Emergency medical services (EMS) workers may experience mental, physical, and emotional stresses every shift they work. It is a job which commonly has high levels of stress, increasing incidents of post-traumatic stress disorder (PTSD), and on the job injuries. These issues contribute to high rates of suicide, job-related burnout, clinical depression, and physical conditions which no longer allows the EMS provider to work in the field. Personal health and physical, emotional, and mental wellness play a critical role in helping EMS workers survive in their careers.
EMS workers are highly-trained, medical personnel who assist, or work as an extension of, a physician, usually in the pre-hospital setting. Modern-day EMS began after the National Research Council released their 1966 White paper titled, Accidental Death and Disability: The Neglected Disease of Modern Society. It found that due to the high incident of accidental death in the United States, public safety needed to include national, standardized, and advanced medical training. This paper was the impetus for the National Standard Paramedic Curriculum. In 2014, the United States (US) Department of Labor, Bureau of Labor Statistics estimated there were 241,200 paramedic jobs with a predicted 24% job growth rate over the following 8 years. Since inception, EMS providers have long been known for their ability to help patients in the most extreme circumstances. This may happen in any setting, from the middle of a major interstate highway during the heat of summer, to the open farmlands in freezing temperatures, to the highest of crime-ridden areas of urban areas. Along with dealing with difficult environments and high patient acuity, the release of catecholamines while driving “lights and siren” has labeled many in the industry as “adrenaline junkies.” These aspects of the job attract specific personality types to the EMS field. Dr. Jeffery Mitchell documented general personality traits of emergency personnel as:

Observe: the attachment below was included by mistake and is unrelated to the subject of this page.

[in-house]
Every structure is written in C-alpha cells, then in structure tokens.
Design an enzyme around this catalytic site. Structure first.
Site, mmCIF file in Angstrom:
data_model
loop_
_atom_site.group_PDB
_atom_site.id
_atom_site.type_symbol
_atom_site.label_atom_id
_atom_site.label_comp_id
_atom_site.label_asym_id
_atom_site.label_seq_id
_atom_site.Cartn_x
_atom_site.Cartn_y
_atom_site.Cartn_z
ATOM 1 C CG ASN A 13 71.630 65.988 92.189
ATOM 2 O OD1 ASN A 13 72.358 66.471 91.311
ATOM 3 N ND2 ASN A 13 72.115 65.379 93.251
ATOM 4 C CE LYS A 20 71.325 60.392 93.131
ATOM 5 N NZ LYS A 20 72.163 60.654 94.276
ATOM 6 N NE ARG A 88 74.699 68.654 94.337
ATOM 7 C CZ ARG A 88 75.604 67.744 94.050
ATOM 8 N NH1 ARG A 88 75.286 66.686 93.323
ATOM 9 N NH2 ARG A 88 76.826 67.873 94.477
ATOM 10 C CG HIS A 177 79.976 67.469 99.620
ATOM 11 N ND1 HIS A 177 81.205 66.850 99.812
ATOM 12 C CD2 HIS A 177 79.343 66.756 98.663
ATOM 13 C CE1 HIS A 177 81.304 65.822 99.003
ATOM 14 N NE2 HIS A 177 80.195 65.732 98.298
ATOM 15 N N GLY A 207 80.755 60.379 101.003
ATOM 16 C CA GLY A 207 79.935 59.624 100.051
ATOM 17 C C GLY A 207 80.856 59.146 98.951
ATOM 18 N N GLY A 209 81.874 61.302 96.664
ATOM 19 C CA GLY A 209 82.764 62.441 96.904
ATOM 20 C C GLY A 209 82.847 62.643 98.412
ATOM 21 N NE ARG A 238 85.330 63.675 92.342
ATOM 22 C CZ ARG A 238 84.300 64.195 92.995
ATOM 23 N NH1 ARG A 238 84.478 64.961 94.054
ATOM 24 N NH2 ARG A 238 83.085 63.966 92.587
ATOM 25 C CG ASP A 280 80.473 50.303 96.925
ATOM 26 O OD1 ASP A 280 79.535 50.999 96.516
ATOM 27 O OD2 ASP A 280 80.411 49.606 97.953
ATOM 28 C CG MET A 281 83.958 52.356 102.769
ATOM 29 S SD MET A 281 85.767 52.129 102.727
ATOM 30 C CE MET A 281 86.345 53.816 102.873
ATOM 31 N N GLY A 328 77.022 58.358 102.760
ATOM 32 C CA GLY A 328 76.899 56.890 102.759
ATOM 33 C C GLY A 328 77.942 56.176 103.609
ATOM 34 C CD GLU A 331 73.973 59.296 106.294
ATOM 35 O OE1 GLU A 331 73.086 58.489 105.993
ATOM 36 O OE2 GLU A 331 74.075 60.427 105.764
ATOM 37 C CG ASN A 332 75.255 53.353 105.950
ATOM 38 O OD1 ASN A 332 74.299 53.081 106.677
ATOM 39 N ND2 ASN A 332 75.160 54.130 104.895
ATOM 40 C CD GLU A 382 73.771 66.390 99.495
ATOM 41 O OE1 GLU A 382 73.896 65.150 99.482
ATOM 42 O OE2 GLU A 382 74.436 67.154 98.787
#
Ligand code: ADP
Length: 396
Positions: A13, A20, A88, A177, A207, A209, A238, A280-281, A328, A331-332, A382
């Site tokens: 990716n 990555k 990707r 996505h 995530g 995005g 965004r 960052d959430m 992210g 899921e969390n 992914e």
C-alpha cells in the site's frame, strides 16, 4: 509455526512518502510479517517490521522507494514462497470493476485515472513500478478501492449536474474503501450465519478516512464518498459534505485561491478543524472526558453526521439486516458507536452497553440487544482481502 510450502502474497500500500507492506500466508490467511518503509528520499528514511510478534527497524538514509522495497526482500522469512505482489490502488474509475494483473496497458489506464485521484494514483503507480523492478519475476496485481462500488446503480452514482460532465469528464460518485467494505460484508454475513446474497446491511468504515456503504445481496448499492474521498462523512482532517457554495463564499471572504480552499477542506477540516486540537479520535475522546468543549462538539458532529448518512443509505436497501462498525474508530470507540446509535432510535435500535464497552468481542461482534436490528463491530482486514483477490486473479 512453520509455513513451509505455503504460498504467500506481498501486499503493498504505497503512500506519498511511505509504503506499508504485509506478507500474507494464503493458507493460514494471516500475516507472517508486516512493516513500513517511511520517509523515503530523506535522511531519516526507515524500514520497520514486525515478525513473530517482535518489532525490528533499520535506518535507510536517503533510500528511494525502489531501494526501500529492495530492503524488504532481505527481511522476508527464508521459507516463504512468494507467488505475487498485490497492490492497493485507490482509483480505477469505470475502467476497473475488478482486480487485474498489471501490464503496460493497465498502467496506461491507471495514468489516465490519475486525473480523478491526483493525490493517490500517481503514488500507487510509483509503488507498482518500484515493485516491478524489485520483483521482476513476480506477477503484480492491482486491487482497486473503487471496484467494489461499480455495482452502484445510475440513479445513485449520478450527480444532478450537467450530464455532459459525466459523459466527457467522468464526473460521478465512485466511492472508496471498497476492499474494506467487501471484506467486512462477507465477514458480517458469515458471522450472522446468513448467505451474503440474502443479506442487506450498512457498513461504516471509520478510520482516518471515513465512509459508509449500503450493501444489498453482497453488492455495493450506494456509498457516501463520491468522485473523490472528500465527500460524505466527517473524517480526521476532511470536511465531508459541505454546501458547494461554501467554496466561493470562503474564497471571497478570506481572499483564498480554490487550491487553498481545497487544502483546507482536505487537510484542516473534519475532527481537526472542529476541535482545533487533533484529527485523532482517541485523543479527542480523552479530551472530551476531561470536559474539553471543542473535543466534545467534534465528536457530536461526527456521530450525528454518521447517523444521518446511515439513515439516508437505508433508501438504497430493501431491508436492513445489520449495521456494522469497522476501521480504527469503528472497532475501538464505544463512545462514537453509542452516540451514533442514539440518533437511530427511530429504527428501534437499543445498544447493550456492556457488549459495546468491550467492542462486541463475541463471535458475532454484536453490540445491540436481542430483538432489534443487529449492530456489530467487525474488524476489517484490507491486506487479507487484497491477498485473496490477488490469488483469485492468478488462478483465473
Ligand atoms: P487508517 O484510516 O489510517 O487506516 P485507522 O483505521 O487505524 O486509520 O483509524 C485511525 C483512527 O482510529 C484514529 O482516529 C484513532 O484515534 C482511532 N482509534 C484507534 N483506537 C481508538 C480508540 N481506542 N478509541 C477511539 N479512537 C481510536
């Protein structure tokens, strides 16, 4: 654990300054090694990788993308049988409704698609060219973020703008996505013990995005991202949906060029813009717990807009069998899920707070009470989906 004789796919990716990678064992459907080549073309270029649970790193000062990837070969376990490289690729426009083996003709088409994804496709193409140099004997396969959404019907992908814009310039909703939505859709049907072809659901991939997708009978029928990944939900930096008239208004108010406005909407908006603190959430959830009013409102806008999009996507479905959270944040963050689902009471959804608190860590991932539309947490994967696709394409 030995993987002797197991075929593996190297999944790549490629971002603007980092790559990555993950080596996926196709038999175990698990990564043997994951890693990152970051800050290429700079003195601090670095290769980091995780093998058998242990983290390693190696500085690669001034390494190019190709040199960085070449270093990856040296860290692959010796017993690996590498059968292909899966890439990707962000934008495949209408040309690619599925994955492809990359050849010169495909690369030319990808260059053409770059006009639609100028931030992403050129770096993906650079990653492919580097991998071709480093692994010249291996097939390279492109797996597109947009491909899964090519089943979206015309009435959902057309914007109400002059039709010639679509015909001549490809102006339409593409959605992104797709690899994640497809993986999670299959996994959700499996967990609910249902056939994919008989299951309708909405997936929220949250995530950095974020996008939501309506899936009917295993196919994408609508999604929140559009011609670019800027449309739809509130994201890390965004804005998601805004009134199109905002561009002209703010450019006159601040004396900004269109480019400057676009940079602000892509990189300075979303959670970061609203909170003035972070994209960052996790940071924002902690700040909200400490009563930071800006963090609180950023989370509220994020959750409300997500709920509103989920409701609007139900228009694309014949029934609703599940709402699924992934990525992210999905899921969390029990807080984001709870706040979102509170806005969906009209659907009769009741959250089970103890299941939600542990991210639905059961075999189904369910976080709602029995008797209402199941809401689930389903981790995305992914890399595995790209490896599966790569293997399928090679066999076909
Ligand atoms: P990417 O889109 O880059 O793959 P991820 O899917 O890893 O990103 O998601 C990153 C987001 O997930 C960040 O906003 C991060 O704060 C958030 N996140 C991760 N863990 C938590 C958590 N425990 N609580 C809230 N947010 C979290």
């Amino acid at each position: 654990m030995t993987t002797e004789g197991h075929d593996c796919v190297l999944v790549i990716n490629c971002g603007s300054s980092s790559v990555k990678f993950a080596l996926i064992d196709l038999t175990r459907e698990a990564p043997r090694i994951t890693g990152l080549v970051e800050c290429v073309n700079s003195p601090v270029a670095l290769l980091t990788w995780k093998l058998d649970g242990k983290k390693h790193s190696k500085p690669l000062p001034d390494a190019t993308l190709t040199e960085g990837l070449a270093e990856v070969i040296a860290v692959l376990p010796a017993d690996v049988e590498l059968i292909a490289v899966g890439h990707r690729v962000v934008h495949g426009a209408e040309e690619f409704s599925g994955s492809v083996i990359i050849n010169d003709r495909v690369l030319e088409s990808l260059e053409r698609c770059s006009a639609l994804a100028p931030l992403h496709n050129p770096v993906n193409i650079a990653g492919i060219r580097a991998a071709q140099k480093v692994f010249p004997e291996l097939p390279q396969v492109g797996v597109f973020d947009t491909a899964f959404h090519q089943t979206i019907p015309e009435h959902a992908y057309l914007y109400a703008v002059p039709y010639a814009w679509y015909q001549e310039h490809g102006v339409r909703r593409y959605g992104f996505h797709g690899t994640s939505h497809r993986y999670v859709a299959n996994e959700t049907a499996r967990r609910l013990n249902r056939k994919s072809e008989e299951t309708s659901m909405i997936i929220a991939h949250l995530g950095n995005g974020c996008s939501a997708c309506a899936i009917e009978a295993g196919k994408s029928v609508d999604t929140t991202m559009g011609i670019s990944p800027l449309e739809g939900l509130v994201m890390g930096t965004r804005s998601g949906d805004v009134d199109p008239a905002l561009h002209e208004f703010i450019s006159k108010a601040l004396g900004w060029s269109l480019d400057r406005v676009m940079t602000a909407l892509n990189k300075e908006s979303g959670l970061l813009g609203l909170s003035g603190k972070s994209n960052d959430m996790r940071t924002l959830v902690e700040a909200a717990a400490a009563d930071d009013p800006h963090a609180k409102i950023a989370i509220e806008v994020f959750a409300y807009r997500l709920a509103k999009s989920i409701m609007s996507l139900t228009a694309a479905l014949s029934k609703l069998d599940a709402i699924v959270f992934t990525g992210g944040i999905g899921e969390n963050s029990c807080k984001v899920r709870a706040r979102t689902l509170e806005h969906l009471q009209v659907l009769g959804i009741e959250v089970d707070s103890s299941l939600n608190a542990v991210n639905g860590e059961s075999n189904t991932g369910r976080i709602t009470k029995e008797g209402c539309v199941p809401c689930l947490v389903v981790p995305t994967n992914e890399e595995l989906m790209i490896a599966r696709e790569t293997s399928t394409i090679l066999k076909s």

Mitchell stated that these traits make EMS workers continue to work, even in the face of harm to themselves. In addition to the mental and emotional toll the industry can take on the provider, it is not uncommon to go from a deep sleep to moving a 300-pound patient 15 minutes later. There is no time for stretching or warming the muscles up before they are stressed. Furthermore, until recently, most EMS agencies worked 24-hour shifts for their employees. This schedule, in addition to low wages and the need for multiple jobs, was a significant reason for the sleep debt providers incur. Sleep debt is defined as the difference between the amount the EMS provider can obtain, and the amount of sleep the EMS provider requires not to feel severally tired. Over one-half of all EMS workers report inadequate sleep, poor sleep quality, and/or poor recovery between shifts (Patterson, et al. 2017).
Stress is an everyday part of an EMS workers career. It can be categorized in 2 ways: eustress and distress. Eustress is known as “positive stress.” This can be found in such things as getting a raise at work, becoming married, finding out of an expecting child, or having family members visit. Distress is the opposite. It is "negative stress" such as a family member's death, monetary debt, divorce, having a patient die, or difficulties with fellow employees at work. This stress, along with poor sleeping patterns and inadequate eating habits, have been some of the causes in the high number of EMS job-related burnouts (Crowe et al., 2017). These high-intensity stressors can lead to acute stress reactions, delayed stress reactions, and cumulative stress reaction. It can also lead to anxiety, depression, substance abuse disorder, PTSD, and suicide.